A friend gave me a couple pups, or hijos (sons in Spanish) of plantains, or plátanos. One got taken out when the guaba tree fell down last year, but the roots put up two pups that are thriving so all is not lost. The other was fine though, and it is now producing fruit. If you look at the post from January 2015, you can see it in one of the photos or go directly here. It’s the little banana looking plant in the foreground a bit to the right. Judging by this post, it has apparently taken over a year and a half from pup to fruit.
The guaba tree that fell, by the way, regrew from the stump and we were very happy to see that it lived. Then, the brush fires came through last summer and killed it 😦
One day I noticed something fat emerging from the top of the plantain plant, something that looked different than a new leaf. It was indeed a flower and from there, things moved along very quickly. The next day I saw this
Bananas and plantains have the most exotic and unusual looking flowers! I documented the progress of a flowering and fruiting banana plant here. The plantain isn’t very tall, only a couple feet over my head unlike our huge bananas, and the flower progressed slightly differently. There were far fewer fruits but they were bigger, and the flowers at the ends were large.
I was told it’s about two months from flower to plantains that are ready to eat. Plantains are a staple food here so I’m sure I can ask anyone to look at them and tell me when it’s time.
Plantains are used green as a starchy vegetable. They are sliced or grated and added to soups and other dishes. Patacones are very popular and are eaten frequently. The green fruit is cut into one inch chunks and cooked either in water or in a bit of oil (different people advise different methods). Then, you take your special kitchen rock and smash the pieces flat, and fry them again in a bit of oil. The result is something that looks like a little pancake but tastes something like a french fry. (an aside, I have been told that green bananas can also be used like green plantains. I have tried this with a few things and it is true, but I found them hard to peel.)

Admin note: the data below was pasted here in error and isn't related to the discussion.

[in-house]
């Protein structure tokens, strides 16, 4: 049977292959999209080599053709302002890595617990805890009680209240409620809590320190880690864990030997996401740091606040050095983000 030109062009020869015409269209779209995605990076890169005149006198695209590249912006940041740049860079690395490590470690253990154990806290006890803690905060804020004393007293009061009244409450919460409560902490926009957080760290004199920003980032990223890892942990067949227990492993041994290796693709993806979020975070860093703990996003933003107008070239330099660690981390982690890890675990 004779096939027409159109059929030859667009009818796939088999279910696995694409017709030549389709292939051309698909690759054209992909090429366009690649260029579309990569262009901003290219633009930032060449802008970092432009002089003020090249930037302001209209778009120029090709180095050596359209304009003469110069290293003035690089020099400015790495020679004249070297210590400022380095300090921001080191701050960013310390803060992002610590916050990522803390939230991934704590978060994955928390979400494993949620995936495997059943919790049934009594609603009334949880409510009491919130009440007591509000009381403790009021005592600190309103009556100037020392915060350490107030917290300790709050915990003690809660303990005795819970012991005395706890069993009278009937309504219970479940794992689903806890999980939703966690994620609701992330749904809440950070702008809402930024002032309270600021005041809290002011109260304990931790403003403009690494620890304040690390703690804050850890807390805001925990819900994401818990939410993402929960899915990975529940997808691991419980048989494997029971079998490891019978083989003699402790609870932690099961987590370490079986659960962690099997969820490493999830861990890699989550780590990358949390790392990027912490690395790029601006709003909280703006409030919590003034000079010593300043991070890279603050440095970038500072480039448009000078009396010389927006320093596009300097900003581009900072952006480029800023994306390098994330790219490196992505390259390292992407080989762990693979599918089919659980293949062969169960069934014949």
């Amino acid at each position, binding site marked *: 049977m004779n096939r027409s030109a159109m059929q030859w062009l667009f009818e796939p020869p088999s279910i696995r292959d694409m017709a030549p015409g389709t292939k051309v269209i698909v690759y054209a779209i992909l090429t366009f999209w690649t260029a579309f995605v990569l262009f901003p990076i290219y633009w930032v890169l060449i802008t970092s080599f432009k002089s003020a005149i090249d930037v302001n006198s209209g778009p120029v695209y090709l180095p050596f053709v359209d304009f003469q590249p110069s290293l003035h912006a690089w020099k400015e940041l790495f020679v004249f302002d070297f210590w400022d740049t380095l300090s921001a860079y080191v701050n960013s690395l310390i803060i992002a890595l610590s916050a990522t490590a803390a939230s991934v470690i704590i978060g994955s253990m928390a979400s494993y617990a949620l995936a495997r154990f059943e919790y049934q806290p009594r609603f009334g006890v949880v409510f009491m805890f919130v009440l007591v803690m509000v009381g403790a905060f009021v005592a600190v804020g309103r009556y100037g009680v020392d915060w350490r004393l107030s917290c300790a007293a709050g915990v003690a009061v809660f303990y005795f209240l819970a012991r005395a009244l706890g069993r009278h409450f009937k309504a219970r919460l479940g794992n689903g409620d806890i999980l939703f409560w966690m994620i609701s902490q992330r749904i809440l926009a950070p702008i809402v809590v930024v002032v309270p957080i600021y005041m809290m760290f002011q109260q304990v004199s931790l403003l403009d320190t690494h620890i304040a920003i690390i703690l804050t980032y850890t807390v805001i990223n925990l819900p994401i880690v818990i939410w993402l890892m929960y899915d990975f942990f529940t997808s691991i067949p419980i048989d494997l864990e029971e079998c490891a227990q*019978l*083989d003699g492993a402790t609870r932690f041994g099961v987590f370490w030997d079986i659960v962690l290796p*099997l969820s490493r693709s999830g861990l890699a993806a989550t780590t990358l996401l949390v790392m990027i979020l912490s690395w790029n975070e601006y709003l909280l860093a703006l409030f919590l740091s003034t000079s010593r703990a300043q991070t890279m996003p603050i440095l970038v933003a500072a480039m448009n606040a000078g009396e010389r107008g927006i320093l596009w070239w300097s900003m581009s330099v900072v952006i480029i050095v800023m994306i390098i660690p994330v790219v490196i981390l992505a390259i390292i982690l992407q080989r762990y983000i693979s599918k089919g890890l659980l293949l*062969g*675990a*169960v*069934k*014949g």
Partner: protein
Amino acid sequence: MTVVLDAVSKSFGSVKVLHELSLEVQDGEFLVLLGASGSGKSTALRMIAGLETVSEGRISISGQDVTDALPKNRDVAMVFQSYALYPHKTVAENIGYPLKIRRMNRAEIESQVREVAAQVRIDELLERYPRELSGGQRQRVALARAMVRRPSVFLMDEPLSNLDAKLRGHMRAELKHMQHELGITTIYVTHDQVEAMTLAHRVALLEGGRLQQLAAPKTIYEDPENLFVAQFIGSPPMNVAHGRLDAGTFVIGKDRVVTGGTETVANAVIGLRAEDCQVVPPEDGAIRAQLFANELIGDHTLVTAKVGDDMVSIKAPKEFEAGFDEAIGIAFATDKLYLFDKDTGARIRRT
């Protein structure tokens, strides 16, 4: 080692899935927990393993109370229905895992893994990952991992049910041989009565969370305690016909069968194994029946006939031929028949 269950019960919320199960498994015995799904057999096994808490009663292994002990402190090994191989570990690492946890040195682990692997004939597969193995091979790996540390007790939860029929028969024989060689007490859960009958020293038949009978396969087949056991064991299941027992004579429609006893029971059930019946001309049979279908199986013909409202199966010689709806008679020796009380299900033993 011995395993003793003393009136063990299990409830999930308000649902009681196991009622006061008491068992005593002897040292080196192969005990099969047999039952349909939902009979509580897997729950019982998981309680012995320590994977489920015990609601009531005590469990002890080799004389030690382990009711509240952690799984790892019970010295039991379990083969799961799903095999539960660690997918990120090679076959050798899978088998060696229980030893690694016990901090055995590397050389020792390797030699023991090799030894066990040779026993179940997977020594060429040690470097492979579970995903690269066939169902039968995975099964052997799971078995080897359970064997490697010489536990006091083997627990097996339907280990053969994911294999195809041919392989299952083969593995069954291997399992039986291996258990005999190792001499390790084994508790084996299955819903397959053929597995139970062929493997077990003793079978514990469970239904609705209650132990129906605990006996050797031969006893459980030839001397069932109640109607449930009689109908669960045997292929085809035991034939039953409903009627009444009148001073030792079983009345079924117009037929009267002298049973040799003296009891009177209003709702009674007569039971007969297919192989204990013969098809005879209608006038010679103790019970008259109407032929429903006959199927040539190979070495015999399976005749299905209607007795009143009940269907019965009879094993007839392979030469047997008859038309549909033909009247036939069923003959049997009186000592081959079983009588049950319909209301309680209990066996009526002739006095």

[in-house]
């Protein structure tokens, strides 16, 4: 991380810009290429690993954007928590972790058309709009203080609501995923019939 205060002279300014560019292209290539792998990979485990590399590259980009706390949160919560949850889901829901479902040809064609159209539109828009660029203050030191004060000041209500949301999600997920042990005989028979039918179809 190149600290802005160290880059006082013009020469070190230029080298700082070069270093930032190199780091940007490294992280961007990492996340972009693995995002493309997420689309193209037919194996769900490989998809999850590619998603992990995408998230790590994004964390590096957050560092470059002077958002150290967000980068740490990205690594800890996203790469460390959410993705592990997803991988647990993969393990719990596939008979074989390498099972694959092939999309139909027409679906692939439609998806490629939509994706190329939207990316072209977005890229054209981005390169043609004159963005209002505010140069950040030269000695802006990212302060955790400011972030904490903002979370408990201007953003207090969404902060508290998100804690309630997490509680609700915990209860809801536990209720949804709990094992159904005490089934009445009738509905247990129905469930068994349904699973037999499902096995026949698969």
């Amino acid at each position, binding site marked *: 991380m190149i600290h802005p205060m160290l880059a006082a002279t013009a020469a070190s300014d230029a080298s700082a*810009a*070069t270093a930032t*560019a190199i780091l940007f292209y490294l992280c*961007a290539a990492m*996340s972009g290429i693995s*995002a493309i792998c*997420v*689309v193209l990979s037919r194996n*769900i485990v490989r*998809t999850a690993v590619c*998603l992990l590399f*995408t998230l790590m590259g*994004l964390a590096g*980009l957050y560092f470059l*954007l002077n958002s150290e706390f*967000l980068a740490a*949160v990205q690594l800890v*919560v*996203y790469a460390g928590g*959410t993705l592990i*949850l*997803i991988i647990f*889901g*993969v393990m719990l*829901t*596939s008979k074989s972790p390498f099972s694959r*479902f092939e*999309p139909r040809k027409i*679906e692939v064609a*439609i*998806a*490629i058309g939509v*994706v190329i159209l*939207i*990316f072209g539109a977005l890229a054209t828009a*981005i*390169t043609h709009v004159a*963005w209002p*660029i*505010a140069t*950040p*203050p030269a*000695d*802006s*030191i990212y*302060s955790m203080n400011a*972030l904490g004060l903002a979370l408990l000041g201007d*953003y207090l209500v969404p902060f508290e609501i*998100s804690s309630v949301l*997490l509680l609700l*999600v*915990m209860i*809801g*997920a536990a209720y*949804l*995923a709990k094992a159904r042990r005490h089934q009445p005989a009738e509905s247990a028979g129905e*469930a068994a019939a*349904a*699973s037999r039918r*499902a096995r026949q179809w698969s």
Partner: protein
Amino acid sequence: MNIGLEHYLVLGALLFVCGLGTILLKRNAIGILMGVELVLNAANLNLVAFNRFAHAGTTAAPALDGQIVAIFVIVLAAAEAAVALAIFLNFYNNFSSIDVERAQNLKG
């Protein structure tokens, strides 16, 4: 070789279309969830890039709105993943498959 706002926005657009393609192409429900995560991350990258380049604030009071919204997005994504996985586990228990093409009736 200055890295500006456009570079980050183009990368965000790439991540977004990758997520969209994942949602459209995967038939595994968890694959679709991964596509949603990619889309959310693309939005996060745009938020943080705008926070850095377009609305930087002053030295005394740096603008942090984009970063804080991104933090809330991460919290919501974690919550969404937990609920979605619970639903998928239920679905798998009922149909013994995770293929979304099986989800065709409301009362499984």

I also like ripe plantains. When they get yellow they get sweet. They are often sliced on the diagonal and sauteed in a bit of butter. I’ve heard people say you can also add cinnamon and/or sugar, but I haven’t tried that yet since I think they are plenty good just as they are.
As far as I know the plantains are like bananas. When a plant fruits that’s it for that plant, but it will grow a pup to replace itself. There is already one growing beside my fruiting plant that’s about three feet high and getting bigger every day. Hopefully at some point there will be more pups so I can expand my plantain operation here.
Speaking of the big bananas referenced earlier, one of them fruited before I left on my US trip in March. We didn’t cut it down until earlier this month. The bananas had been looking quite fat for a while so we figured it was time. They were the best bananas ever, firm, sweet, and delicious so maybe it was good to leave them on the plant for a long time. The ones we didn’t eat fresh or give away were sliced and frozen for smoothies or a sweet, ice cream sort of snack.
Since I was running around the front yard with my camera, I also took a few photos of the heliconias I like so much. Unfortunately these photos are probably the last that will be taken with my handy little Canon since it has taken point and shoot to a new level. The display developed some black lines, and then more black lines, and now so many black lines it is impossible to see anything at all. The photos come out fine but all I can do is point in the right direction, shoot, and hope for the best. I have an iPhone now and can use that camera for daily use, but I miss the Cannon and will have to ask around to see if anything can be done with it.